Taking sides

With apologies to Rod Humble and Charles Joseph, I’m believing differently.  Mechanics have meaning because of their flavor, not in spite of it.  Much the same as in mathematics or the sciences, your tests and data only mean something when put in context of a hypothesis.  The stock market only matters because it’s tied to company well-being.

This doesn’t mean mechanics shouldn’t represent their flavor well.  Clearly, the stock market wouldn’t be useful if it utilized the U.S. terror color chart, or even a company leaderboard.  In fact, and maybe more importantly, this goes both ways.  Mechanics provide meaning to flavor just as flavor provides meaning to mechanics.

Is finding the connection between the two where game design stops being a science and becomes an art?

5 thoughts on “Taking sides

  1. Hi Dan, I actually don’t think you and I disagree. The thrust of my argument was that mechanics do not have any inherent meaning and are, like you say, similar to mathematics and the sciences in that meaning is layered on top of them by the context in which they’re perceived. In most video games, this context is provided by the visuals. This is in fact the reason that I deeply disagree with folks like Rod Humble and Jason Rohrer.

  2. Hey Charles! Good to hear from you, I’m a fan of your site. I went back and re-read your PoV, and I think I’m somewhere in the middle. I do think, for example, that Kanta Matsuhisa’s Every Extend does have inherent meaning in its mechanics. In fact, I’ll bet you could play the entire game of Starcraft in ASCII with Xs and Os and get the important gist of what the game is about. But I agree with your point that it’s not necessarily the author’s intentional meaning. A player could decide Starcraft is about modern warfare, for example, with the Zerg being a guerrilla army.

    But, in fact, I have a feeling that all sides here are closer then it appears. People naturally ascribe meaning to their surroundings, right, so when a designer declines to do it for them, or does it an incoherent way, the mind will make up the difference. That’s why I applaud Humble and Rohrer so heavily, because (1) the scientist in me always likes to see new data and (2) mechanics naturally lend themselves to some flavor better then others, and it’s important for a designer to know scientifically how the mechanics are shaping the mind. If an object steps on other objects and those objects disappear, it’s likely people will think it’s aggressive. That is what I meant by the “flavor” of the mechanic. But there is still a lot of room for the brain to interpret in there, and most games have hundreds of mechanics, so authorial flavor takes on a new importance.

    This reminds me of an interesting story. When I interviewed at both Blizzard North and Blizzard South, I asked them what department they felt drove the company. They asked me what I thought, and I told them I thought they were design driven. They were surprised, and said they thought they were an art driven company. Concept art was really important to how they developed ideas. The flavor came first, and then they made mechanics for it. But I’ve been watching Starcraft 2, and saw how the Baneling was developed in response to a specific mechanical need – a Zerg suicide ground unit – before the flavor was developed. Reminders that in practice game development ultimately goes both ways.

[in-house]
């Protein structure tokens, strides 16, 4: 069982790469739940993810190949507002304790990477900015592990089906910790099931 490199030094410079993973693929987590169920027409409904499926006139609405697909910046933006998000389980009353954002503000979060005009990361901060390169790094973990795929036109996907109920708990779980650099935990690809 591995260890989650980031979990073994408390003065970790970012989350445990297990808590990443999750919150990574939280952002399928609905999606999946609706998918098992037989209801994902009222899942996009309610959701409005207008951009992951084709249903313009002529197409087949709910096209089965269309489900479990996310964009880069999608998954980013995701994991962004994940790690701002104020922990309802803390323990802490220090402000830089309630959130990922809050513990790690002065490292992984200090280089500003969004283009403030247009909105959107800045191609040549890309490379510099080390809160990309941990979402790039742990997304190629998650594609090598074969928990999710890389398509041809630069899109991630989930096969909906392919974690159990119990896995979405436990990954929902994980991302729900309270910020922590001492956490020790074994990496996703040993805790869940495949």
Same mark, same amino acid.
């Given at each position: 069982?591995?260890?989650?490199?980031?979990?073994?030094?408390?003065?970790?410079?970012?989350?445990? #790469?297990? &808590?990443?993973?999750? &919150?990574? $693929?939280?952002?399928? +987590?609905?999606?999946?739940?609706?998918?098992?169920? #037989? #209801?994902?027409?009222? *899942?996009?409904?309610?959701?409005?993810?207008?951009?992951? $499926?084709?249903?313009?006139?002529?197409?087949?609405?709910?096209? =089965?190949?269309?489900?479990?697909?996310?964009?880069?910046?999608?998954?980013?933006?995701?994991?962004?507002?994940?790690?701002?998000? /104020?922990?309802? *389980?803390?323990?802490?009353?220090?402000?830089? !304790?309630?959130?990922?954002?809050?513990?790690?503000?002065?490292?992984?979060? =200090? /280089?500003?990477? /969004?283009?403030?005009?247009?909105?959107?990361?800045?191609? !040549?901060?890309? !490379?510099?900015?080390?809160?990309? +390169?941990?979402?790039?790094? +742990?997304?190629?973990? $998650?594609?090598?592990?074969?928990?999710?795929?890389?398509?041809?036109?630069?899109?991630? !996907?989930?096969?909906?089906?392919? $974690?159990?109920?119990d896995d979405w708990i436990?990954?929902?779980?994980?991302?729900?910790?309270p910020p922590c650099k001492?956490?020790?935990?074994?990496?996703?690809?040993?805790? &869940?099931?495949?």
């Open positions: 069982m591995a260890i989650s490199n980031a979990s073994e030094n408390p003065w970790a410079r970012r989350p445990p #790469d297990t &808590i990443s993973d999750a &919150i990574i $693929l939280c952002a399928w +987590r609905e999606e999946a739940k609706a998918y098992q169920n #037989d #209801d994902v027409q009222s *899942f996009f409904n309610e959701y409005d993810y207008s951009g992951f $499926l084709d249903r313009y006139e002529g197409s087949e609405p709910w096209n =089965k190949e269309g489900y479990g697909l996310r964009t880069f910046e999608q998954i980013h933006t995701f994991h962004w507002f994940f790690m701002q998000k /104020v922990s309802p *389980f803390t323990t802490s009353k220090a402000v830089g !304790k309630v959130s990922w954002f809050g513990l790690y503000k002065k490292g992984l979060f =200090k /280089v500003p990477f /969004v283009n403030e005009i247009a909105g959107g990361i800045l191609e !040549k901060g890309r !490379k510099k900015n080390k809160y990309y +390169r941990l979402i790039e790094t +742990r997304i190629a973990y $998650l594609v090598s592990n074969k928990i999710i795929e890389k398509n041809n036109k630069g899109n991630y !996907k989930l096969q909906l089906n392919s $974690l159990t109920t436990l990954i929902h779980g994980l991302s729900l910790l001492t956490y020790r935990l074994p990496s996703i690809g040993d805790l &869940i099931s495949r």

3. It’s an interesting problem. There’s no doubt that all mechanics can be interpreted, such as your example of the large object ‘disappearing’ the other objects, but I think that it’s a mistake to make the extra step to saying that mechanics have inherent meaning. There’s also the obvious fact that after so many years of video game design certain mechanics have developed a ‘conventional’ meaning. While I definitely admire the artgame project of Humble and Rohrer, my feeling is that they often confuse interpreted meaning and conventional meaning for inherent meaning.

    For instance, I really love Passage because it uses the conventional meanings of so many classic video game tropes, most of all the Zelda-like perspective and controls, and casts them in a whole new light through the other bits of context in the game. What I find lacking in a lot of Rohrer’s new work are these kinds of endogenous references,

    Anyway, sorry to go on so long. Thanks for dropping by the site and I’m definitely going to keep an eye on what you’re working on here!

  4. Great comments. I think this points out where we disagree, but agree it’s all recognition of nuance. I recognize that the meaning of these mechanics is likely to be all cultural, social, or historical, but I don’t think that deprives the meaning of any value, from a developer point of view. In fact, I’d say it strengthens it. But, it does mean put the onus on the author to be aware of the various “inherent” cultural interpretations when using a mechanic. Which is why I think I get so excited by people exploring what those meanings are – even if those meanings are in meta-game rather then endogenous. I need to know them!

  5. Pingback: Meaning: Mathematics of « Game of Design

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